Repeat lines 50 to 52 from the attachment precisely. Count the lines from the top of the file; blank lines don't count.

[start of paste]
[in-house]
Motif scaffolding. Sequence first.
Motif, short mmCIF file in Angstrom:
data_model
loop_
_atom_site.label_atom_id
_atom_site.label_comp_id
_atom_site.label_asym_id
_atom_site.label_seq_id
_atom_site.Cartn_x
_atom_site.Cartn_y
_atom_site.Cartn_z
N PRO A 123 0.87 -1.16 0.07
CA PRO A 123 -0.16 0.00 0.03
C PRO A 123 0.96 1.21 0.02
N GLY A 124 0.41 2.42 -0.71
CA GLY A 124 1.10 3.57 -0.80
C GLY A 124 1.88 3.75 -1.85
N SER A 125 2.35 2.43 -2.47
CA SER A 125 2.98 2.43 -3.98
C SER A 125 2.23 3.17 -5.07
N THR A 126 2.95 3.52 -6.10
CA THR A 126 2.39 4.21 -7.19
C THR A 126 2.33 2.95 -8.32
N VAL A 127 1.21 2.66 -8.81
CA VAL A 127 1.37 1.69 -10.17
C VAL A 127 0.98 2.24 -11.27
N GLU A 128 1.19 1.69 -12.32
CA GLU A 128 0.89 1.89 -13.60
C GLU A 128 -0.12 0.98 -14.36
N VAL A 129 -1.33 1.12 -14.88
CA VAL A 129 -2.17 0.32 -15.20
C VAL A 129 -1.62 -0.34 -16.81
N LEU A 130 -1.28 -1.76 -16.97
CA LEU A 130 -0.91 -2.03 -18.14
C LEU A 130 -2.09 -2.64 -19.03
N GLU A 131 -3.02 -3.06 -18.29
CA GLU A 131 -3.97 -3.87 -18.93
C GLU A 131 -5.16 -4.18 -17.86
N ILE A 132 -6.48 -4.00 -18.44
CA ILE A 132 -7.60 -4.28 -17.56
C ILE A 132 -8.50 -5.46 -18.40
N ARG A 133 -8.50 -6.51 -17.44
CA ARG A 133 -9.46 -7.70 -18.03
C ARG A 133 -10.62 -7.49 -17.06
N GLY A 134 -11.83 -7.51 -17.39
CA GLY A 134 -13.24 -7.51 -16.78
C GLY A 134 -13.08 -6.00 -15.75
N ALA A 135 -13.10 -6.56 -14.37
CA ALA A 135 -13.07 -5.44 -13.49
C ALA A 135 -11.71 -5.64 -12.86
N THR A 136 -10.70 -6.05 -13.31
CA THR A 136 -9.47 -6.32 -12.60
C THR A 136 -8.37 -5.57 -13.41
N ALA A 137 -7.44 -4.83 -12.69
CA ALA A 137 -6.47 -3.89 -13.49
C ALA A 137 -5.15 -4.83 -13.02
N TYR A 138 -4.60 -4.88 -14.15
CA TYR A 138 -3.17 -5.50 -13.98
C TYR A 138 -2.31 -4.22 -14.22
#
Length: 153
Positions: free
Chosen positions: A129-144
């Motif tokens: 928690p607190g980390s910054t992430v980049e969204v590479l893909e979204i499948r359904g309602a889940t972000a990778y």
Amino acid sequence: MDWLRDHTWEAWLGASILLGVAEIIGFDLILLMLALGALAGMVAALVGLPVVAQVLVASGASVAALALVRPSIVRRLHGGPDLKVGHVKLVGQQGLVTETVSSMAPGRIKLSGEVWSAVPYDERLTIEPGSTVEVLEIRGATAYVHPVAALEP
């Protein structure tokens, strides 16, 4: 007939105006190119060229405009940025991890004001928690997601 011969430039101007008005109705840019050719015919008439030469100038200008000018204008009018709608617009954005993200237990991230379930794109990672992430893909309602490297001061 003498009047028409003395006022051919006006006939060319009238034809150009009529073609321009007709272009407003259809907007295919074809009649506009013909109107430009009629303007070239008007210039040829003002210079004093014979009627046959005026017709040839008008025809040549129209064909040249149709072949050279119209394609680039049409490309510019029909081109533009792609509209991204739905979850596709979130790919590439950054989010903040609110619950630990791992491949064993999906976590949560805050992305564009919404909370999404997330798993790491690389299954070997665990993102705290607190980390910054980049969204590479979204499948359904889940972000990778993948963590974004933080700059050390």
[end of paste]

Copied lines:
CA ALA A 135 -13.07 -5.44 -13.49
C ALA A 135 -11.71 -5.64 -12.86
N THR A 136 -10.70 -6.05 -13.31